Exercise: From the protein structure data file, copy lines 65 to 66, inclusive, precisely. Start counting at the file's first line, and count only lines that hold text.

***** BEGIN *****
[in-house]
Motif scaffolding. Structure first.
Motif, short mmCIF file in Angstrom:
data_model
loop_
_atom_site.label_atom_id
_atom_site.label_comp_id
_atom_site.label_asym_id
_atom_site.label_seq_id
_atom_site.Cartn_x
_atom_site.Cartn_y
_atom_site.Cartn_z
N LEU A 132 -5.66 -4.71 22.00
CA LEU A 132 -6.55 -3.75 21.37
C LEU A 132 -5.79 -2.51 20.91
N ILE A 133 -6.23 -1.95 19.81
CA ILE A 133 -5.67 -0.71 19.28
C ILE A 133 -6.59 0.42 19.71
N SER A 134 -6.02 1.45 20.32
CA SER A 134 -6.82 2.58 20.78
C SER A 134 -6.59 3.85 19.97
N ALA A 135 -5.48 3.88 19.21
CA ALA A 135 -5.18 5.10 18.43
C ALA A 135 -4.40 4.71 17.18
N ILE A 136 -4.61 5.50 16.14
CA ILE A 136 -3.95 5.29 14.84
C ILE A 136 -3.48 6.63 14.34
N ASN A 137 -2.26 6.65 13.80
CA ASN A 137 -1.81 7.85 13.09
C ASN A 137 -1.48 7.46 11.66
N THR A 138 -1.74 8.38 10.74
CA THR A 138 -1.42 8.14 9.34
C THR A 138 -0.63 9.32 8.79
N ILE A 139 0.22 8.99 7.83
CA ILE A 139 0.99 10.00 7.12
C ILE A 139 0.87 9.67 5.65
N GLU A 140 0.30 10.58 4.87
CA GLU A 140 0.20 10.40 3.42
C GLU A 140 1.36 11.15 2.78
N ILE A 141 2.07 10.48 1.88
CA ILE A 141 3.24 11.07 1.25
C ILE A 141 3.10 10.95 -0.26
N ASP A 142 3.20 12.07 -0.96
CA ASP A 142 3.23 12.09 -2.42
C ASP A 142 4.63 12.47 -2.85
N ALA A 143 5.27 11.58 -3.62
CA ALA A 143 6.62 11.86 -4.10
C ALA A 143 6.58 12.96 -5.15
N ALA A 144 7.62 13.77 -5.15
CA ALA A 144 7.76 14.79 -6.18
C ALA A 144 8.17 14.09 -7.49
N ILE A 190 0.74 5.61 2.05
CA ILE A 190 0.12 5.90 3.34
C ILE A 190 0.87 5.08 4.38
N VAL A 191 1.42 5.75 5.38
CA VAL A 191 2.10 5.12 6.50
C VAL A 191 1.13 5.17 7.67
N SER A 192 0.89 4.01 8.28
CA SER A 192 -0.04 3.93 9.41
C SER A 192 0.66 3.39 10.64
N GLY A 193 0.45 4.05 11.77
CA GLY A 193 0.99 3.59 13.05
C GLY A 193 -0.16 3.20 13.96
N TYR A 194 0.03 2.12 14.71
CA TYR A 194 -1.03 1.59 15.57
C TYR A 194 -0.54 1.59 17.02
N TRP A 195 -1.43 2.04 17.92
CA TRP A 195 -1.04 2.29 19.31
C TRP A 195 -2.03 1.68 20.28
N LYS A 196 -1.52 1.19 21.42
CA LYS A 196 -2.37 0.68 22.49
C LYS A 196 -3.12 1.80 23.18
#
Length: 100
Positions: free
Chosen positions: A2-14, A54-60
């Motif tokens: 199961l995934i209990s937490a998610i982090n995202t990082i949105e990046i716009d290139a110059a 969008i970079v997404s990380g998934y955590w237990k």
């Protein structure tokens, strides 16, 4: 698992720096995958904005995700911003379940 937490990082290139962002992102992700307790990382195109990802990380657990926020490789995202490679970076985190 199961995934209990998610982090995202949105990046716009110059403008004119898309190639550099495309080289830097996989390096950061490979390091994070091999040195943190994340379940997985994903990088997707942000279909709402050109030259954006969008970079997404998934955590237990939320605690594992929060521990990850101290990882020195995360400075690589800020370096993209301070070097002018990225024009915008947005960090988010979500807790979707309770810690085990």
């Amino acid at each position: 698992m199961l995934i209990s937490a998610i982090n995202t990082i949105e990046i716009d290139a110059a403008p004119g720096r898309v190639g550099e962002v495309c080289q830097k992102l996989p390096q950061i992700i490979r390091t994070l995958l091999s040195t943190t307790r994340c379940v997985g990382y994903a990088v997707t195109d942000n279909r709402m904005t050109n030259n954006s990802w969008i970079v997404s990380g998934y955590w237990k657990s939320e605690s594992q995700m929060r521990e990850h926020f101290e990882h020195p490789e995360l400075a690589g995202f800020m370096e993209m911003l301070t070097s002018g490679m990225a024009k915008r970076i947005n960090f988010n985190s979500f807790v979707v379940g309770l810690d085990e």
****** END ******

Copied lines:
CA TYR A 194 -1.03 1.59 15.57
C TYR A 194 -0.54 1.59 17.02